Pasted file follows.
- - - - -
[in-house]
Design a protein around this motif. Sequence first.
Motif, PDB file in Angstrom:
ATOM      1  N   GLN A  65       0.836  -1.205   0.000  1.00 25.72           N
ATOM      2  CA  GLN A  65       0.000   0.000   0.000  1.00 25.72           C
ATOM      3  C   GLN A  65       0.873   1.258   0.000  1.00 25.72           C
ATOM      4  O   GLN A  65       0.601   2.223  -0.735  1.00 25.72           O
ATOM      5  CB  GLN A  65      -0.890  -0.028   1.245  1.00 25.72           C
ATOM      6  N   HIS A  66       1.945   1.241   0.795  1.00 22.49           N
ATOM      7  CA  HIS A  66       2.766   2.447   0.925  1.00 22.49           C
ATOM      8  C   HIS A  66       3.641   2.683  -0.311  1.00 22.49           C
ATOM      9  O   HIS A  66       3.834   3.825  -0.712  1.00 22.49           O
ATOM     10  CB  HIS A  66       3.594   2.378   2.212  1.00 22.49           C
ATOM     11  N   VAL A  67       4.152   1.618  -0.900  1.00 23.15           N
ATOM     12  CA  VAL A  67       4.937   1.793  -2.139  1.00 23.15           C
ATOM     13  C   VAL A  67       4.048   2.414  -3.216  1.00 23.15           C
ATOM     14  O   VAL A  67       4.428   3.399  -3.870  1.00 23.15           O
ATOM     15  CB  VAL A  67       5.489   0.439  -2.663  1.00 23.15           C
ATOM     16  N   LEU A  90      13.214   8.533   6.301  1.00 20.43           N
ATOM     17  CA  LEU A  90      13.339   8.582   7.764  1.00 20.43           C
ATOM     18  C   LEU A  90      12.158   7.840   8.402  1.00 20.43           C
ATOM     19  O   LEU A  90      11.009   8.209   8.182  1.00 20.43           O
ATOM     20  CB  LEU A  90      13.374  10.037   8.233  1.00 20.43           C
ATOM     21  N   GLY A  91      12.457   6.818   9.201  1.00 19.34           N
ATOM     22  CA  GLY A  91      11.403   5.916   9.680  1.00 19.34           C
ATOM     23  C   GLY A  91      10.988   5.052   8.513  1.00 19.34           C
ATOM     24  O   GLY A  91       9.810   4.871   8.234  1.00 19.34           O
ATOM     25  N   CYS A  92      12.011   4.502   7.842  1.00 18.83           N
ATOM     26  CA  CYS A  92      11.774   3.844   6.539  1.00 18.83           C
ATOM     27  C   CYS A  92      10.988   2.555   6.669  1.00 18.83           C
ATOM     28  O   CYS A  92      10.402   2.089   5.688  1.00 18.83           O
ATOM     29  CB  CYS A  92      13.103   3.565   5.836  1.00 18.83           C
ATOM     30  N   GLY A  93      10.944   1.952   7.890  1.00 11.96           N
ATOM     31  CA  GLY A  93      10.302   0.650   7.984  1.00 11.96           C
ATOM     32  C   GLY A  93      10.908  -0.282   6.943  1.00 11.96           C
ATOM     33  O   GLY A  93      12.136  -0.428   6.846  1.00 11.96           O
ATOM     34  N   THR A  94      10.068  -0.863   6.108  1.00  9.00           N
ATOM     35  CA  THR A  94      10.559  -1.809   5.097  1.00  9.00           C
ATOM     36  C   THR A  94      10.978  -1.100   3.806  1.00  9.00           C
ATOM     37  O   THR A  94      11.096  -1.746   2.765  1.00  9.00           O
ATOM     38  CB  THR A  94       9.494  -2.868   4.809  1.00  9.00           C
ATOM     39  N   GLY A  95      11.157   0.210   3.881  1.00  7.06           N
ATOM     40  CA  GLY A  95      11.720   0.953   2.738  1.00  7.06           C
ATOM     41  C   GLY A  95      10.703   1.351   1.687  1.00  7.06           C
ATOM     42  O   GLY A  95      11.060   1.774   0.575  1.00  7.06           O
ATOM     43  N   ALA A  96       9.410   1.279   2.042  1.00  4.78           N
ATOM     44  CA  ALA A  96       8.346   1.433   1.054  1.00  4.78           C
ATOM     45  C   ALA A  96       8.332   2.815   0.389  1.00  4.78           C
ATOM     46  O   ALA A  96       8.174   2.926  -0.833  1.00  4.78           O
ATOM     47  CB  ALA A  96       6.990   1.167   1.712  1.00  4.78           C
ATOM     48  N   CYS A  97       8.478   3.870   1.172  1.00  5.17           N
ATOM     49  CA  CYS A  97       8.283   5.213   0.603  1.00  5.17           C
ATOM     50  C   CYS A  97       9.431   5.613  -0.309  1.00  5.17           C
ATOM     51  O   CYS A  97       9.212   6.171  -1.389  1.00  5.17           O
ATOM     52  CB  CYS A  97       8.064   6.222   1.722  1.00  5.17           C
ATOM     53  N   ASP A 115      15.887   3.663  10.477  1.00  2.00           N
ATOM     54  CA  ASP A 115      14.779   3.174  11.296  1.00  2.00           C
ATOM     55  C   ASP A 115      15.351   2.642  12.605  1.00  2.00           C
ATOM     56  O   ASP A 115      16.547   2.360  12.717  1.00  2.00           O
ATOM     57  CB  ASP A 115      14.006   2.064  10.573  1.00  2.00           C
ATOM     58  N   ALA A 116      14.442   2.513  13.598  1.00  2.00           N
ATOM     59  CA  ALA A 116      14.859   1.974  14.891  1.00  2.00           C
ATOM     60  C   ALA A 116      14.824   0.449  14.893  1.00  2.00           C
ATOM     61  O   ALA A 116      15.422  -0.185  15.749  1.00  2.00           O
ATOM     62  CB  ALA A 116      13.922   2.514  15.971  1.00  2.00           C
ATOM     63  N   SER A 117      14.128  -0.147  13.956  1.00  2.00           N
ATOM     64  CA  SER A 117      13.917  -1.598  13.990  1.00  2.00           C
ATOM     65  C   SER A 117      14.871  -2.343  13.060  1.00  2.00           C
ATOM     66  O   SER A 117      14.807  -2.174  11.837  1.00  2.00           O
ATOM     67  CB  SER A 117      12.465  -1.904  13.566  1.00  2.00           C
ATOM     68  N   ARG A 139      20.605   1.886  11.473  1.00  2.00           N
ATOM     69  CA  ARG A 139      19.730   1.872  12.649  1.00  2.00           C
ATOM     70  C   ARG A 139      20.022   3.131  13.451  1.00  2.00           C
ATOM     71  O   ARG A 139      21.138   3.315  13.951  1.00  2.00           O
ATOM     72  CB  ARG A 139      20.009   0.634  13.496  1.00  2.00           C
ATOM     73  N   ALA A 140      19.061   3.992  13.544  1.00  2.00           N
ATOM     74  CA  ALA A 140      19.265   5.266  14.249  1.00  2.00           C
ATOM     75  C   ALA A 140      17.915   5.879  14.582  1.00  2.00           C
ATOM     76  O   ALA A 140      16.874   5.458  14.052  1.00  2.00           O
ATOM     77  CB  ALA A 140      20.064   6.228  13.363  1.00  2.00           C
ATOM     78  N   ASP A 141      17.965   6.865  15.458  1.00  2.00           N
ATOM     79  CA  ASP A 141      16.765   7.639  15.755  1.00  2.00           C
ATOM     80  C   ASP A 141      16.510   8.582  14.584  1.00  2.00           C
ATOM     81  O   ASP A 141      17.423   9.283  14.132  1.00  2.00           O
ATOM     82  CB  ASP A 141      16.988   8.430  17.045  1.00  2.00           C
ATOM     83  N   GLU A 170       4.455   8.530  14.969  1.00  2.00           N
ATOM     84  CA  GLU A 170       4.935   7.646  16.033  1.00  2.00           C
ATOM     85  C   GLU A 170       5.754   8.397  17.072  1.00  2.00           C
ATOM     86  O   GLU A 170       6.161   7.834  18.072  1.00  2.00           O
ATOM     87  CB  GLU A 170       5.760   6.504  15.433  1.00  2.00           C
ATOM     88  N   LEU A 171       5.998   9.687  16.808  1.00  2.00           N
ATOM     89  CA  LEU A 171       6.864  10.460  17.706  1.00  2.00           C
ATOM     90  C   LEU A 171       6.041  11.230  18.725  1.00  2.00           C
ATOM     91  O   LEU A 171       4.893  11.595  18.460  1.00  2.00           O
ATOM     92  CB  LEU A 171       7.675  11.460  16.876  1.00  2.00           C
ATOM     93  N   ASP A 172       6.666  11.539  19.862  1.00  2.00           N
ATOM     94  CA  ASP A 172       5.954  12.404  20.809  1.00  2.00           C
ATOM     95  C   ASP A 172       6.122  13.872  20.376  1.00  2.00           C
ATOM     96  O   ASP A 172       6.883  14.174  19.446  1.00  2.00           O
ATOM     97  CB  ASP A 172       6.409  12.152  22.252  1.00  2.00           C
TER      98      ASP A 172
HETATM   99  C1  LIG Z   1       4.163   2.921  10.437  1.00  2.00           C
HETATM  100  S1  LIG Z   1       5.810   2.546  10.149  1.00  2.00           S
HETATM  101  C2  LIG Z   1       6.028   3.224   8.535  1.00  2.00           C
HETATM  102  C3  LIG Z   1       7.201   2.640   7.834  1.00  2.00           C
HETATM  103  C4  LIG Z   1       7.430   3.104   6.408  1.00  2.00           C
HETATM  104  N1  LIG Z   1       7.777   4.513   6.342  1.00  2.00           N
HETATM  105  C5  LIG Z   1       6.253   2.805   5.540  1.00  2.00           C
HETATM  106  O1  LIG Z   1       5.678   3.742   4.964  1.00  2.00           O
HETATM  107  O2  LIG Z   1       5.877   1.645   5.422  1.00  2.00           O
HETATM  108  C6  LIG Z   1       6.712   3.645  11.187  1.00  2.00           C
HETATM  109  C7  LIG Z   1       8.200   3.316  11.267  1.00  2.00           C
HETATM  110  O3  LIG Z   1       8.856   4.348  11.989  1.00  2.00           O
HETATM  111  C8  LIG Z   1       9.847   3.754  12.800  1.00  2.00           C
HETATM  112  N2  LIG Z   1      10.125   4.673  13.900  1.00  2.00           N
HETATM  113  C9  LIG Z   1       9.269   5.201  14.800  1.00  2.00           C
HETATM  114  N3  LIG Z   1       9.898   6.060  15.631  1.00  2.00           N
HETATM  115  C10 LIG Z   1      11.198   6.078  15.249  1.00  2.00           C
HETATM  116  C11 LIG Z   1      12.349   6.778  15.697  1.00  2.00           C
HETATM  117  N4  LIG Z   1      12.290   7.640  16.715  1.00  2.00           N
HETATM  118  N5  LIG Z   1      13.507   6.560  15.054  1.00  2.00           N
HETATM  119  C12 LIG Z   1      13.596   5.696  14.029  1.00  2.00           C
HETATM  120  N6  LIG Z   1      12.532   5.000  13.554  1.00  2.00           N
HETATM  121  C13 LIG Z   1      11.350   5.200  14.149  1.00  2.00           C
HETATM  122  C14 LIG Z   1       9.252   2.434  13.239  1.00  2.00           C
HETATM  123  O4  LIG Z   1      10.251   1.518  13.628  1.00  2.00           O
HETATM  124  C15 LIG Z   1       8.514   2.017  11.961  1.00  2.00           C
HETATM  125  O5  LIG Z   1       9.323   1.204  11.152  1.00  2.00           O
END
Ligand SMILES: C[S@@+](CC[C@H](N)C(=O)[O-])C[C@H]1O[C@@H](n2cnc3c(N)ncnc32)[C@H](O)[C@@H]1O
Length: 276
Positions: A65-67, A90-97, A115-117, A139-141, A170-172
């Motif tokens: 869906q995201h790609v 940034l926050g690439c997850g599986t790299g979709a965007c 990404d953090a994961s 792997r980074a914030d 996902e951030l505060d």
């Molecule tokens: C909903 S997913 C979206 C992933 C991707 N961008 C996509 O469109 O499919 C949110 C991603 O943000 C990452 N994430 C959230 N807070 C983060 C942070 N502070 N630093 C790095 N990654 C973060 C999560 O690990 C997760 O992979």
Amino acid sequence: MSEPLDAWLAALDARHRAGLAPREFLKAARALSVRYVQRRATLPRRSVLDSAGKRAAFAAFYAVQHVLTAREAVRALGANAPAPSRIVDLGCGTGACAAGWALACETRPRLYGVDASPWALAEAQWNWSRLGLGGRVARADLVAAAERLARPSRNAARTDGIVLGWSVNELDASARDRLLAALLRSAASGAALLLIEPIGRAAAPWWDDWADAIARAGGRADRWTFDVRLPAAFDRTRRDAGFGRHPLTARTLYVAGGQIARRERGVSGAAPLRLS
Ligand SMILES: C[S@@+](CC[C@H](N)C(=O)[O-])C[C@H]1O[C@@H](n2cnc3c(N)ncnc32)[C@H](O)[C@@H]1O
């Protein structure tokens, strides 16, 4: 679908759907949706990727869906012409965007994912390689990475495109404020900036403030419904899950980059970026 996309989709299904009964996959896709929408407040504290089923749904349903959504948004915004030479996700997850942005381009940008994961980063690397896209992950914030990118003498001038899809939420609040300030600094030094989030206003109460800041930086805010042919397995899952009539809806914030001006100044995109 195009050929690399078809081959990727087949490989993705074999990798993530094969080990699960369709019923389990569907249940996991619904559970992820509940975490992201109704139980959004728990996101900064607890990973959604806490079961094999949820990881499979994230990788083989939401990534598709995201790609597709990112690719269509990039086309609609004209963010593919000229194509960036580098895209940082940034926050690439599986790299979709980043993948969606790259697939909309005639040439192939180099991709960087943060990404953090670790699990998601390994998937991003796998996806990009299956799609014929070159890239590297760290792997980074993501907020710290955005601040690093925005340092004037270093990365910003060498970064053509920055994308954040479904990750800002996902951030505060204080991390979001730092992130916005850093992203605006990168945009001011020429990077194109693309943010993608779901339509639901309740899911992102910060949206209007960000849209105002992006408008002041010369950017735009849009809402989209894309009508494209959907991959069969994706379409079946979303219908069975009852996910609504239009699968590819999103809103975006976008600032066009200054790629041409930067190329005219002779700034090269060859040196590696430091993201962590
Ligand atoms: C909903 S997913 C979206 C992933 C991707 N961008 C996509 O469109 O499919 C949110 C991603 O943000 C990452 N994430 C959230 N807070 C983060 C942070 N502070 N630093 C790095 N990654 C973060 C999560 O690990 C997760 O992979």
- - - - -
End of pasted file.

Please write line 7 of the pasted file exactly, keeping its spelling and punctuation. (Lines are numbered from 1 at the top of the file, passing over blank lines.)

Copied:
ATOM      4  O   GLN A  65       0.601   2.223  -0.735  1.00 25.72           O